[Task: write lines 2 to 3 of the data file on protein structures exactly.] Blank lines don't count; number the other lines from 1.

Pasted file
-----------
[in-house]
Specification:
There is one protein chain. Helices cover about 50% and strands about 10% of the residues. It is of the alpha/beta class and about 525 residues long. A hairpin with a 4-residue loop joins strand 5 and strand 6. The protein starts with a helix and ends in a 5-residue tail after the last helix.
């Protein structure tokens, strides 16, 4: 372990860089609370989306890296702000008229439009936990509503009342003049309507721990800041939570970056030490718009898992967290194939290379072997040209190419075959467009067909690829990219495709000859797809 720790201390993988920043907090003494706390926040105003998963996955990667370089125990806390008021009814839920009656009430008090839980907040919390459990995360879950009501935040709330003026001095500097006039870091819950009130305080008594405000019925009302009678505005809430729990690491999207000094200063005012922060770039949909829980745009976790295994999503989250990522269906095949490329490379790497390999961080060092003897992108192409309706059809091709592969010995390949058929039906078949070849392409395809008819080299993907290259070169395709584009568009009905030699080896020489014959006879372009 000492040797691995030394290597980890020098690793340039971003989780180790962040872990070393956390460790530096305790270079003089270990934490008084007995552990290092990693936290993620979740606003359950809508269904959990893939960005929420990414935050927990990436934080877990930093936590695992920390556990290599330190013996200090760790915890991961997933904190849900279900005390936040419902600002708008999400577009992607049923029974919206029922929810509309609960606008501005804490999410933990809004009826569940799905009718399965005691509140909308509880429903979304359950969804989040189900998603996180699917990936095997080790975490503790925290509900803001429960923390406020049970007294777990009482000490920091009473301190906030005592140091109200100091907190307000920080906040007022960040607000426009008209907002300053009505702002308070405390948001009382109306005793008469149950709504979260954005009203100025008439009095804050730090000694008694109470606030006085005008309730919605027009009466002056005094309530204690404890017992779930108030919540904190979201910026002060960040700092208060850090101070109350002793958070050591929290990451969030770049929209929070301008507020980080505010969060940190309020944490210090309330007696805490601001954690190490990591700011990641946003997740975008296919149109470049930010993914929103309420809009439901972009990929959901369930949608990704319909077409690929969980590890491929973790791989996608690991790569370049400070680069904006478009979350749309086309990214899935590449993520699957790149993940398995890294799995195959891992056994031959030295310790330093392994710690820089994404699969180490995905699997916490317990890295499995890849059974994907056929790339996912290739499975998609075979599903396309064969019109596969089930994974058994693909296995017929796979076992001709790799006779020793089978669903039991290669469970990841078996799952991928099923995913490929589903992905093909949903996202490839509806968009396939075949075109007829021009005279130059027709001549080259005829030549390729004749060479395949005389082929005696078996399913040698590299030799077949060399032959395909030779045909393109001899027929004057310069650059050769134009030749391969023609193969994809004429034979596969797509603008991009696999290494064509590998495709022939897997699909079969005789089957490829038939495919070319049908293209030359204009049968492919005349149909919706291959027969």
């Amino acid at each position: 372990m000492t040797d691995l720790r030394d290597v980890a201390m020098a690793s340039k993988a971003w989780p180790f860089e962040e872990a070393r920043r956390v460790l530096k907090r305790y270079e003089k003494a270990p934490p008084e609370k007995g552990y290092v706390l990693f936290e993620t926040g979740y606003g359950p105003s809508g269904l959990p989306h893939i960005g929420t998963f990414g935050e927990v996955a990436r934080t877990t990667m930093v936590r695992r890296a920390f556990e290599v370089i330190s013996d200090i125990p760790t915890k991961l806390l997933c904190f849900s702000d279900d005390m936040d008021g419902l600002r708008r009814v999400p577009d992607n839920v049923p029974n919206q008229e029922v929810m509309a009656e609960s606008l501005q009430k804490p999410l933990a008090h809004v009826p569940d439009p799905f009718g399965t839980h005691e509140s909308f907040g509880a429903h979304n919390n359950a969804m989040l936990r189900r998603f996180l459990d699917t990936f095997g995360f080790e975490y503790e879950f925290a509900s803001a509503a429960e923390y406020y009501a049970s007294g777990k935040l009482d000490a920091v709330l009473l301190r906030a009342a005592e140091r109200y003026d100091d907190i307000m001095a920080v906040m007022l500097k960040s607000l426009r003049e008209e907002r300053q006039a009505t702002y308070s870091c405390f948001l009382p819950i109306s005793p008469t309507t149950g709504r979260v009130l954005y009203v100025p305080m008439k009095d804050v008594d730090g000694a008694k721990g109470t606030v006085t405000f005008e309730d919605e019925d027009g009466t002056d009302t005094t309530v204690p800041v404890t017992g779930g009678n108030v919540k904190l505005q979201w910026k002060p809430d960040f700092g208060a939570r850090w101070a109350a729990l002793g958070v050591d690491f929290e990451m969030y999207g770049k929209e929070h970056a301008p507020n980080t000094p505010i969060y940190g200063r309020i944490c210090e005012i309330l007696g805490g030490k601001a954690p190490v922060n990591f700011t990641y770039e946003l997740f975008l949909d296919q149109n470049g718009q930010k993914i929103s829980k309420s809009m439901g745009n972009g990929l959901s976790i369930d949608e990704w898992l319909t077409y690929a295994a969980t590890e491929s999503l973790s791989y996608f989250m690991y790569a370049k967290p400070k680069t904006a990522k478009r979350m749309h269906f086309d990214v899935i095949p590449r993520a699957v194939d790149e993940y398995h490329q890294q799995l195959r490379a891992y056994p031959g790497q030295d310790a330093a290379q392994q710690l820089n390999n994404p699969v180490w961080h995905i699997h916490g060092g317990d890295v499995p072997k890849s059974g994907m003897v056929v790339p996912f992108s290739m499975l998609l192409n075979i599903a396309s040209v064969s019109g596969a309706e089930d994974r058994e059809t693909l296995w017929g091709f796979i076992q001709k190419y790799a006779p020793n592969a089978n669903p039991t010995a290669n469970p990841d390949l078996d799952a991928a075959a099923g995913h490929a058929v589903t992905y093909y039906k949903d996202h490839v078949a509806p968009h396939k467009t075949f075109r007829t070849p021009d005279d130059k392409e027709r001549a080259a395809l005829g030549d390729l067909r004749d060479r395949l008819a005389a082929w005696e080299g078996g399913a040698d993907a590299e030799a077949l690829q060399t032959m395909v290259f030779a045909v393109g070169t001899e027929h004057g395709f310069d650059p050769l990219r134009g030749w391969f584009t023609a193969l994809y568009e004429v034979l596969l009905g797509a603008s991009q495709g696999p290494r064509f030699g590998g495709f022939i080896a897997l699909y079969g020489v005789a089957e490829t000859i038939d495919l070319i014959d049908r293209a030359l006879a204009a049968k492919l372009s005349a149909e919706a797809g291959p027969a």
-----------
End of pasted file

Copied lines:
Specification:
There is one protein chain. Helices cover about 50% and strands about 10% of the residues. It is of the alpha/beta class and about 525 residues long. A hairpin with a 4-residue loop joins strand 5 and strand 6. The protein starts with a helix and ends in a 5-residue tail after the last helix.